I've opt-out for these things, but sometimes a call makes it through. Its summer, so my fax is the kids line full time then, and they get these calls too, so, I told them these great ideas. The first one, I've done for years *snicker* 'cept I go take a nice relaxing shower, by the time I'm done, they're all gone *BIG grin* :) Andy Rooney's (60 minutes) ideas: Telemarketers Three Little Words That Work !! (1)The three little words are: "Hold On, Please..." Saying this, while putting down your phone and walking off (instead of hanging-up immediately) would make each telemarketing call so much more time-consuming that boiler room sales would grind to a halt. Then when you eventually hear the phone company's "beep-beep-beep" tone, you know it's time to go back and hang up your handset, which has efficiently completed its task. These three little words will help eliminate telephone soliciting. (2) Do you ever get those annoying phone calls with no one on the other end? This is a telemarketing technique where a machine makes phone calls and records the time of day when a person answers the phone. This technique is used to determine the best time of day for a "real" sales person to call back and get someone at home. What you can do after answering, if you notice there is no one there, is to immediately start hitting your # button on the phone, 6 or 7 times, as quickly as possible This confuses the machine that dialed the call and it kicks your number out of their system. Gosh, what a shame not to have your name in their system any longer !!! (3) Junk Mail Help: When you get "ads" enclosed with your phone or utility bill, return these "ads" with your payment. Let the sending companies throw their own junk mail away. When you get those "pre-approved" letters in the mail for everything from credit cards to 2nd mortgages and similar type junk, do not throw away the return envelope. Most of these come with postage-paid return envelopes, right? It costs them more than the regular 37 cents postage "IF" and when they receive them back. It costs them nothing if you throw them away! The postage was around 50 cents before the last increase and it is according to the weight. In that case, why not get rid of some of your other junk mail and put it in these cool little, postage-paid return envelopes. One of Andy Rooney's (60 minutes) ideas. Send an ad for your local chimney cleaner to American Express. Send a pizza coupon to Citibank. If you didn't get anything else that day, then just send them their blank application back! If you want to remain anonymous, just make sure your name isn't on anything you send them. You can even send the envelope back empty if you want to just to keep them guessing! It still costs them 37 cents. The banks and credit card companies are currently getting a lot of their own junk back in the mail, but folks, we need to OVERWHELM them. Let's let them know what it's like to get lots of junk mail, and best of all they're paying for it...Twice! Let's help keep our postal service busy since they are saying that e-mail is cutting into their business profits, and that's why they need to increase postage costs again. You get the idea ! If enough people follow these tips, it will work ---- I have been doing this for years, and I get very little junk mail anymore.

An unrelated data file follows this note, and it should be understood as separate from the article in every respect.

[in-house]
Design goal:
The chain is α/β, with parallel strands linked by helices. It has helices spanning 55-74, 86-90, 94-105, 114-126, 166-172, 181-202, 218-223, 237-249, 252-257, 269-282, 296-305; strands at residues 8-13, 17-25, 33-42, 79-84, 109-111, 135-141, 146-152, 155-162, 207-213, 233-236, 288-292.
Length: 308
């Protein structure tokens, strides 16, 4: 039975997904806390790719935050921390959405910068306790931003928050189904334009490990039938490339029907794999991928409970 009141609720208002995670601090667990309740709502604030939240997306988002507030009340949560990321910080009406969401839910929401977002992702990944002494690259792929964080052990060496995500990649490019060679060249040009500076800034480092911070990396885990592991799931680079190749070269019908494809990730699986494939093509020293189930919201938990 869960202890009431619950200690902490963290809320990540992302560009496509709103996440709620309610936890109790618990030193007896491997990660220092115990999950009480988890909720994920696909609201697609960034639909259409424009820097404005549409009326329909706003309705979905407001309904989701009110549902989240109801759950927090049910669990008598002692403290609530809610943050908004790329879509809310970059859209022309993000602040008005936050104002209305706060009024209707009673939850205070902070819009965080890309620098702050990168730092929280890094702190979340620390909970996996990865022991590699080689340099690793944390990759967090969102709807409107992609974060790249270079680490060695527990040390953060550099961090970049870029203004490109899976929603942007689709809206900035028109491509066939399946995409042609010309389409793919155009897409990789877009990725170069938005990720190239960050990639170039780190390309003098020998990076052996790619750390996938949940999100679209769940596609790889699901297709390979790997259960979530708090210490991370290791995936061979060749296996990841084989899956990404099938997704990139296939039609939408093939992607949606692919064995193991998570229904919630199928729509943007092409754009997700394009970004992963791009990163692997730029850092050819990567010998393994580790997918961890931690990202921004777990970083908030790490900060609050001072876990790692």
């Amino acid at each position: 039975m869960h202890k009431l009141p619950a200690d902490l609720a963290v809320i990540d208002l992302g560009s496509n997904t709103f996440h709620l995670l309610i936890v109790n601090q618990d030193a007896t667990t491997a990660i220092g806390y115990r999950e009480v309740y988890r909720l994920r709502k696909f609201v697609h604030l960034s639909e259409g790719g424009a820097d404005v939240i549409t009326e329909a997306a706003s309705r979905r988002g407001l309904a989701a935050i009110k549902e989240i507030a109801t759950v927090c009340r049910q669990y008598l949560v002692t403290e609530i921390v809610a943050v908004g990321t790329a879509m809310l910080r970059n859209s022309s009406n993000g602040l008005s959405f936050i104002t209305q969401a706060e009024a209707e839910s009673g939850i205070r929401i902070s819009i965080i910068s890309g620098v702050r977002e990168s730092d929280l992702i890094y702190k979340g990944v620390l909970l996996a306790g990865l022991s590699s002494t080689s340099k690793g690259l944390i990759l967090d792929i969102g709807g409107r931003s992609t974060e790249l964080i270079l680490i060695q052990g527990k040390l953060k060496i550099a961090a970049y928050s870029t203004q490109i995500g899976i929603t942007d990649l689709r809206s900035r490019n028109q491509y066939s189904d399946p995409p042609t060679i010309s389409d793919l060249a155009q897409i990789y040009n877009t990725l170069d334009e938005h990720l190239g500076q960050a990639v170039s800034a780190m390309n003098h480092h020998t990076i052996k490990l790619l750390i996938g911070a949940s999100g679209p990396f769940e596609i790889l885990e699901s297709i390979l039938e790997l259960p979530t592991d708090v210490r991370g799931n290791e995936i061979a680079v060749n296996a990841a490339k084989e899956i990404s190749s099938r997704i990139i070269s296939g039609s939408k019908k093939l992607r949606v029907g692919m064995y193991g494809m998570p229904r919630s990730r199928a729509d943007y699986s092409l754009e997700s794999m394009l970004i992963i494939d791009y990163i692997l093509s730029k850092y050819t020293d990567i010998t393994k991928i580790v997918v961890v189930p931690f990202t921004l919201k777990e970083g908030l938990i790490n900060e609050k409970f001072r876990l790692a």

Sunday, August 27, 2006